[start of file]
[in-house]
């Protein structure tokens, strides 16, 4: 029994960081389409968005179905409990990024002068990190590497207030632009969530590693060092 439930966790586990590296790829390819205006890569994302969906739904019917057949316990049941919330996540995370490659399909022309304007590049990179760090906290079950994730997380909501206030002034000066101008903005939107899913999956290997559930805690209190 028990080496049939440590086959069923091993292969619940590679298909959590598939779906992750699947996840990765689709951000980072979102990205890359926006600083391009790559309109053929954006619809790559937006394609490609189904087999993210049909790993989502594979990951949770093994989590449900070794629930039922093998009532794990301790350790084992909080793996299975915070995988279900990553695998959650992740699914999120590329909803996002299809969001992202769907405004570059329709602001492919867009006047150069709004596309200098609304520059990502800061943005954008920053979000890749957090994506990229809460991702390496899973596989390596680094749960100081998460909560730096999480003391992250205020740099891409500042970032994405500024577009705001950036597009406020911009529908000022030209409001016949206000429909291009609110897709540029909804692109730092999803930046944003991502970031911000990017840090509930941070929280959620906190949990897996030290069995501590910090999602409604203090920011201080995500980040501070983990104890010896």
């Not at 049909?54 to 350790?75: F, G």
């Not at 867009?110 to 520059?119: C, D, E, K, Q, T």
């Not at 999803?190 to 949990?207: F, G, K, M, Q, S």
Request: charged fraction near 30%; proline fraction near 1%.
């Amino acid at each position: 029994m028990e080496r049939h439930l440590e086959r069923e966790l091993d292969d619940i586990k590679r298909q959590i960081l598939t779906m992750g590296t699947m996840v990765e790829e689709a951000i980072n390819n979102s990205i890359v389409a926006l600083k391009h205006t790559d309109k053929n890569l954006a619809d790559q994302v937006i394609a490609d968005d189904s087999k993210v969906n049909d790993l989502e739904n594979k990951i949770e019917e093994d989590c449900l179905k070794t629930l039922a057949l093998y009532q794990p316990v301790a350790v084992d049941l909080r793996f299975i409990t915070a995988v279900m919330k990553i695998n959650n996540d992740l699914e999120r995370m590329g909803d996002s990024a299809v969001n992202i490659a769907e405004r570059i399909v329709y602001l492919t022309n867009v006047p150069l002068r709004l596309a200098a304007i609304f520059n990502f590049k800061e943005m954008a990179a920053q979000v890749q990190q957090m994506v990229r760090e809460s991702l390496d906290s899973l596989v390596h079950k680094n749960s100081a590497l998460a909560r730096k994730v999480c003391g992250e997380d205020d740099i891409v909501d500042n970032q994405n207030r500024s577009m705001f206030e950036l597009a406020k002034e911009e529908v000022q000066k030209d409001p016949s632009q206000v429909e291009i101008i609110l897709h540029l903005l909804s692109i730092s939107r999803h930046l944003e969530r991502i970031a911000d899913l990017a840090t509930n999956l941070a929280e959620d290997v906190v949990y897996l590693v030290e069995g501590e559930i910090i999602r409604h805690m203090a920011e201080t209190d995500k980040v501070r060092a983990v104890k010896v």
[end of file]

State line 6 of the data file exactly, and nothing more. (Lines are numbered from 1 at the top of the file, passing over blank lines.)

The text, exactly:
Request: charged fraction near 30%; proline fraction near 1%.